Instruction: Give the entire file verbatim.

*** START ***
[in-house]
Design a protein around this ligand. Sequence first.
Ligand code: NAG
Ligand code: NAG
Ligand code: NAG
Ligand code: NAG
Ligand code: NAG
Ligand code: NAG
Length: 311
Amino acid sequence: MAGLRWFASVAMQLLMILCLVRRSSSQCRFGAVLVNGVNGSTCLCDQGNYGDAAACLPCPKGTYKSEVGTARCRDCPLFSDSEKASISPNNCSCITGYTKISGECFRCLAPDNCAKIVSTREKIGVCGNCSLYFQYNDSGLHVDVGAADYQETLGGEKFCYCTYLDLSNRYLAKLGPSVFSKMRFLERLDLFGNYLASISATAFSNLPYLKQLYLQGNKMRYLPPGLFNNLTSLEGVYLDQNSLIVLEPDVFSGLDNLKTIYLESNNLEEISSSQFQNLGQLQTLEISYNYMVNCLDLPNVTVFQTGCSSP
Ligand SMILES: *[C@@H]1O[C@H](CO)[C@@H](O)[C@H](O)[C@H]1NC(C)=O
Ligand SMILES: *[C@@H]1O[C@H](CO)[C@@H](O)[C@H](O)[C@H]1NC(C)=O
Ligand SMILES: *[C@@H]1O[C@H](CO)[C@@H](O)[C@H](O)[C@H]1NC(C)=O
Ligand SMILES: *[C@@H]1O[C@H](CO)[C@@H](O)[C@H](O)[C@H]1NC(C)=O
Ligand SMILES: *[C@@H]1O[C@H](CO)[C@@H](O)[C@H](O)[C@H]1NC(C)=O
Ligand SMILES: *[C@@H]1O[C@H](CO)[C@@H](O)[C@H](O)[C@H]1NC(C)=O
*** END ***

[in-house]
Design a protein around this ligand. Sequence first.
Ligand code: NAG
Ligand code: NAG
Ligand code: NAG
Ligand code: NAG
Ligand code: NAG
Ligand code: NAG
Length: 311
Amino acid sequence: MAGLRWFASVAMQLLMILCLVRRSSSQCRFGAVLVNGVNGSTCLCDQGNYGDAAACLPCPKGTYKSEVGTARCRDCPLFSDSEKASISPNNCSCITGYTKISGECFRCLAPDNCAKIVSTREKIGVCGNCSLYFQYNDSGLHVDVGAADYQETLGGEKFCYCTYLDLSNRYLAKLGPSVFSKMRFLERLDLFGNYLASISATAFSNLPYLKQLYLQGNKMRYLPPGLFNNLTSLEGVYLDQNSLIVLEPDVFSGLDNLKTIYLESNNLEEISSSQFQNLGQLQTLEISYNYMVNCLDLPNVTVFQTGCSSP
Ligand SMILES: *[C@@H]1O[C@H](CO)[C@@H](O)[C@H](O)[C@H]1NC(C)=O
Ligand SMILES: *[C@@H]1O[C@H](CO)[C@@H](O)[C@H](O)[C@H]1NC(C)=O
Ligand SMILES: *[C@@H]1O[C@H](CO)[C@@H](O)[C@H](O)[C@H]1NC(C)=O
Ligand SMILES: *[C@@H]1O[C@H](CO)[C@@H](O)[C@H](O)[C@H]1NC(C)=O
Ligand SMILES: *[C@@H]1O[C@H](CO)[C@@H](O)[C@H](O)[C@H]1NC(C)=O
Ligand SMILES: *[C@@H]1O[C@H](CO)[C@@H](O)[C@H](O)[C@H]1NC(C)=O